Together hill and upland agriculture (LFA) currently utilizes from 44% of the land area of the UK and employs directly some 126,000 people. An estimate of gross output from these sectors in 1990 was around £1.3 billion. These data indicate that there can be little doubt about the significance of agriculture and livestock production in hill and upland areas. Since the Second World War output has increased substantially by virtue of a better control of sheep diseases, improved grazing management, sheep and cattle husbandry and the financial incentives offered by successive governments for land improvement, fencing and buildings. However, these incentives have not in themselves led to an economically viable agriculture for most hill and upland areas.
It is questionable if it was ever the intention of any UK government that financial support for the hill and upland livestock industries to improve productivity was the sole objective of their policies for hill and upland areas. While it has always been the case that Agricultural Departments have had the major responsibility for administering the major financial support, the reason for doing so has been as much to do with a social policy of making it possible for people to live in the remoter countryside as it has been to do with improving the output and viability of agriculture.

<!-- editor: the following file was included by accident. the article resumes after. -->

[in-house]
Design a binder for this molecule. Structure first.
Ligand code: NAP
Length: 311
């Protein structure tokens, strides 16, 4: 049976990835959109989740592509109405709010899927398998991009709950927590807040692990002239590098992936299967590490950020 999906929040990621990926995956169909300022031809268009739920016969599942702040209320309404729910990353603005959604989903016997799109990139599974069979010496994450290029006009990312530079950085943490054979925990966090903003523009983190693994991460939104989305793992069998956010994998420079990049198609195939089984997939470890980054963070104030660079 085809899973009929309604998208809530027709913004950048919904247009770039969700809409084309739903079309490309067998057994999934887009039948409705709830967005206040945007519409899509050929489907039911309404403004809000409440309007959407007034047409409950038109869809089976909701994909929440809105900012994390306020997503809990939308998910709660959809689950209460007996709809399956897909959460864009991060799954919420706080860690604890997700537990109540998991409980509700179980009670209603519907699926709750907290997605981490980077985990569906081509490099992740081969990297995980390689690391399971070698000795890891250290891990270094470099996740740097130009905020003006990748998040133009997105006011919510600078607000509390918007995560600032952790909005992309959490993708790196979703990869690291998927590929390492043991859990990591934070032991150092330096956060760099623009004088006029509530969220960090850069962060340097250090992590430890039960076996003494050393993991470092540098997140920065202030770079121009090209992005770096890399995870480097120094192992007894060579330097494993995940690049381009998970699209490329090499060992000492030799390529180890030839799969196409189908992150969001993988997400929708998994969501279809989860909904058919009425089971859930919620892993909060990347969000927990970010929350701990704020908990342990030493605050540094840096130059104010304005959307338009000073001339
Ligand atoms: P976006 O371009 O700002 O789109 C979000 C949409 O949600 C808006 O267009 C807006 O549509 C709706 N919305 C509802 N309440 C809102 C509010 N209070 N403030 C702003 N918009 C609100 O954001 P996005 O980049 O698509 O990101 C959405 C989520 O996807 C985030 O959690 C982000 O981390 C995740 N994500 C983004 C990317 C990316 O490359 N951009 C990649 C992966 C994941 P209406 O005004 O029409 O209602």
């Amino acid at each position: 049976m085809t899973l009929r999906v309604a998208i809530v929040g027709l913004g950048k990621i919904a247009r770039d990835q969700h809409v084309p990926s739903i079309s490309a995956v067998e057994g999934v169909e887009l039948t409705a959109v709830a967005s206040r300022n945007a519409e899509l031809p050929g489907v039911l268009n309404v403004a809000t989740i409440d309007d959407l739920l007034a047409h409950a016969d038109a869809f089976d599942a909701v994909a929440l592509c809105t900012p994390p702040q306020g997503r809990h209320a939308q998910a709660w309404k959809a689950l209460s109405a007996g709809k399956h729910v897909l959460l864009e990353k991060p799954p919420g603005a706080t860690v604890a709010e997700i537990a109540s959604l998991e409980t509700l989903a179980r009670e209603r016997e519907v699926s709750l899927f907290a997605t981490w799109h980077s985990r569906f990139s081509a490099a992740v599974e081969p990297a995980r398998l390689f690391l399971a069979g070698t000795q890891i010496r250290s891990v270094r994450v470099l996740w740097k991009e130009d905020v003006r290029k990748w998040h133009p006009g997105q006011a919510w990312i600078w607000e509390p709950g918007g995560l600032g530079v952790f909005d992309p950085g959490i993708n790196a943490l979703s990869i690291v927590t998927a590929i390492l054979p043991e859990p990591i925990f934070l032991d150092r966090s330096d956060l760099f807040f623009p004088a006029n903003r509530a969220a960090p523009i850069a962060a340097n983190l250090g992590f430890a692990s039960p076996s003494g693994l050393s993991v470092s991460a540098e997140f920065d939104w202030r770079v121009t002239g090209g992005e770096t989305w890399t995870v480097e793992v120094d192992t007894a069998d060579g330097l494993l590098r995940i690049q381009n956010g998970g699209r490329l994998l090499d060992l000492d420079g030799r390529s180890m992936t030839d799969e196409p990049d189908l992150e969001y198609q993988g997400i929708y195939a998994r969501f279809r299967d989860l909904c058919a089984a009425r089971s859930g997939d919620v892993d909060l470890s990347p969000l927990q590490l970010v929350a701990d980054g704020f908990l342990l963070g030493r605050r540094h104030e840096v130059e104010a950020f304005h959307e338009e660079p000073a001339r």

It is therefore inconceivable that support for hill and upland economies will be withdrawn. It may be, however, that the amount of support will become less as the Common Agriculture Policy is reformed and that element of support which is currently attached to product price is progressively removed. For the future, the indications are that support is much more likely to continue on the basis of headage payments related to breeding livestock quotas and linked to specific management protocols to meet conservation and wider environmental objectives.
Even with the levels of financial support that can be reasonably expected over the next decade, the financial constraints upon, or the opportunities that may arise for individual land owners will inevitably lead to land being removed from agriculture.
However, it is likely that livestock production will continue to dominate much of the hill and upland areas within a management context which will reflect the size of the business, the need to meet specific environmental objectives and the range of other activities and employment opportunities with which the farm household is involved.
Although we must expect that the economics of animal production in the hill and upland areas of the UK will no longer justify a continuation of farming in some areas, the great majority of farms will continue to adopt more efficient technologies, improve their breeding programme and adapt their land management rôle to meet the needs of conservation and the maintenance and enhancement of landscape quality.